In today’s Programming Praxis exercise, our goal is to find the 100 points closest to (0, 0) out of a list of 1000000 random points in O(n). Let’s get started, shall we?

Some imports:

import Control.Applicative
import qualified Data.IntMap as I
import System.Random

The obvious solution is to simply sort the list and take the first 100 elements. Sorting, however, usually takes O(n log n), which is not allowed. Fortunately, by using the square of the distance rather than the distance we not only save a million square root operations, but it also makes the value we’re sorting by an integer, which allows us to use an IntMap that has O(1) insertion and thus O(n) sorting.

closest :: Int -> [(Int, Int)] -> [(Int, Int)]
closest n = take n . concat . I.elems . I.fromListWith (flip (++)) .
map (\(x,y) -> (x*x+y*y, [(x,y)]))

To test, we need a million random points.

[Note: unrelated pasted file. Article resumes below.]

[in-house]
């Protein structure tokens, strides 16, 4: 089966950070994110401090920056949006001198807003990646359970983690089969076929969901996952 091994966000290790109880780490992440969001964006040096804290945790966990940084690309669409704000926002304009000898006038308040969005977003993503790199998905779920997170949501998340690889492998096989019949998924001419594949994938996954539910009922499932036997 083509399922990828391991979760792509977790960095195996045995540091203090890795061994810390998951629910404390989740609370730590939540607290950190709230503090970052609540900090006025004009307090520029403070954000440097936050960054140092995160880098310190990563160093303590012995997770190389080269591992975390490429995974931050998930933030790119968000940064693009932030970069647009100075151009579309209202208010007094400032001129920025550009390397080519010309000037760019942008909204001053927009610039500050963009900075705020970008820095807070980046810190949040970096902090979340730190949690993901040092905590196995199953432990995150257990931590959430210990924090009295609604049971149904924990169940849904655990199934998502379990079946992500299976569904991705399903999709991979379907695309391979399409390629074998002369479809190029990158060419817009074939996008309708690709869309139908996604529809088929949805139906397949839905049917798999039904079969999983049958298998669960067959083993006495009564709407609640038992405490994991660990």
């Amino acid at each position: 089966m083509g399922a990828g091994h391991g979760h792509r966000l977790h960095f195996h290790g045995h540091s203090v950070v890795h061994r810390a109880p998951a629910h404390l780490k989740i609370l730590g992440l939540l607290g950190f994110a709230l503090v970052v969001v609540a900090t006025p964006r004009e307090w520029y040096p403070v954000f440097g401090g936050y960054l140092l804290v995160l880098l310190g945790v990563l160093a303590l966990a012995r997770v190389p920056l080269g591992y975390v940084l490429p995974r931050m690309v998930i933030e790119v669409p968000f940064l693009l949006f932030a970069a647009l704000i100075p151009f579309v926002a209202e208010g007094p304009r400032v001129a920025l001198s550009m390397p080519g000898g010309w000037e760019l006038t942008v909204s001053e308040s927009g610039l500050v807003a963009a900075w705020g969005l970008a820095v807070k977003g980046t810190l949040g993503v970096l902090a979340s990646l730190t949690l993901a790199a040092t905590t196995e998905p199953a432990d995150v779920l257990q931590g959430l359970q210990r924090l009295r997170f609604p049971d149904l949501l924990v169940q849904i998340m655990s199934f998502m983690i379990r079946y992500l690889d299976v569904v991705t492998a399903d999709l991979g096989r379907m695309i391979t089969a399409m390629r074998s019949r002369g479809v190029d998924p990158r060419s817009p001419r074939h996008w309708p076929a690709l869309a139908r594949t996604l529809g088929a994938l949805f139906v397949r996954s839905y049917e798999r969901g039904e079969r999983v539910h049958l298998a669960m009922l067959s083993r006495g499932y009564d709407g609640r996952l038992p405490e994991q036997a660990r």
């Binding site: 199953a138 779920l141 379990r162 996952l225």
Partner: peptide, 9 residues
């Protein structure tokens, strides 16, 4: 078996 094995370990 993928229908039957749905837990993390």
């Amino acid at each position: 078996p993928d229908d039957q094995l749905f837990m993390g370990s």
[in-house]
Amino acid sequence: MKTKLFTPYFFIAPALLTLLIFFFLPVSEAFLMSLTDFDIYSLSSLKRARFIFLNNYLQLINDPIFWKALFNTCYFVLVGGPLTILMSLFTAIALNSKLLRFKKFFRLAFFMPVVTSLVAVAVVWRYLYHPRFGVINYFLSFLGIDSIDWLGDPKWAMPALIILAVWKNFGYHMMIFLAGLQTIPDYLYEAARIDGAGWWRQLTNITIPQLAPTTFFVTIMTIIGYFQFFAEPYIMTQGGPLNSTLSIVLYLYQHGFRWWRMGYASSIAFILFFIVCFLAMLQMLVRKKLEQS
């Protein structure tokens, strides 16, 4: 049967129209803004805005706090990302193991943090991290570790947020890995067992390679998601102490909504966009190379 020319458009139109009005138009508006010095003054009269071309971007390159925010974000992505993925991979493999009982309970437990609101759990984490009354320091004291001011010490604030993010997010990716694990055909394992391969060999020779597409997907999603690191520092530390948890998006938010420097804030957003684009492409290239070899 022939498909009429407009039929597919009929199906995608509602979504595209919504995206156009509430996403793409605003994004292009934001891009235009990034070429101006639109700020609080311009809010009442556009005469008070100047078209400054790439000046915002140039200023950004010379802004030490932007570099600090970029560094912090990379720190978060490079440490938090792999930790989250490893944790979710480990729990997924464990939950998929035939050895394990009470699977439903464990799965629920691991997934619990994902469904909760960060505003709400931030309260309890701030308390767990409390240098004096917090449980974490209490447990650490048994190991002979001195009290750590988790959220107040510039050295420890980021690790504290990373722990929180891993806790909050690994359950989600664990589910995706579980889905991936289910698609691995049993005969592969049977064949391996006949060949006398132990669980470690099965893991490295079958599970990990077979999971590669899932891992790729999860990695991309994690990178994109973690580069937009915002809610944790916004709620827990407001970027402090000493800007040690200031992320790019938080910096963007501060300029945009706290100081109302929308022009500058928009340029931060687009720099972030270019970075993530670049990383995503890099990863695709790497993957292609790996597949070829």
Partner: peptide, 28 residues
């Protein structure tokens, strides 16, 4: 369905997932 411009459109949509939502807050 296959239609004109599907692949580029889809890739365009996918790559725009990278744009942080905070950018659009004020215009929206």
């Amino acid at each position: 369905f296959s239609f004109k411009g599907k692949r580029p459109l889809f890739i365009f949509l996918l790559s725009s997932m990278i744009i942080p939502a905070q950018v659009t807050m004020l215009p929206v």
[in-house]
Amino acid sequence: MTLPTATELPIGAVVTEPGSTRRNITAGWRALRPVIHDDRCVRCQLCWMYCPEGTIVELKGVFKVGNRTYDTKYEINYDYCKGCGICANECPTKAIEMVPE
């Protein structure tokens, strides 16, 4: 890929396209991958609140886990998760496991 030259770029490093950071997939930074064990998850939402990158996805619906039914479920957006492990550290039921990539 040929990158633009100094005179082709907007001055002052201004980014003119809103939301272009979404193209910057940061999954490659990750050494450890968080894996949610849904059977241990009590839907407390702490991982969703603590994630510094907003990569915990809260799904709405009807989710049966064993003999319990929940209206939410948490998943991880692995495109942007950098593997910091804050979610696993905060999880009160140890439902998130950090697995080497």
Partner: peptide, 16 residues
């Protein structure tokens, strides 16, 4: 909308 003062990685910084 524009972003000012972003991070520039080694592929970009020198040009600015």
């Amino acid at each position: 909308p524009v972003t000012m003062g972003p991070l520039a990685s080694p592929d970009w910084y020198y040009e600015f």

points :: IO [(Int, Int)]
points = take 1000000 <$> liftA2 zip (randomRs (-1000, 1000) <$> newStdGen)
(randomRs (-1000, 1000) <$> newStdGen)

Finally we run the algorithm.

main :: IO ()
main = print . closest 100 =<< points

To see whether our algorithm is truly linear, let’s look at some timings:

1 million: 2.9 s
2 million: 5.7 s
4 million: 11.6 s
8 million: 23.8 s

Looks fairly linear to me.

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Tags: amazon, bonsai, closest, code, Haskell, interview, kata, points, praxis, programming, question

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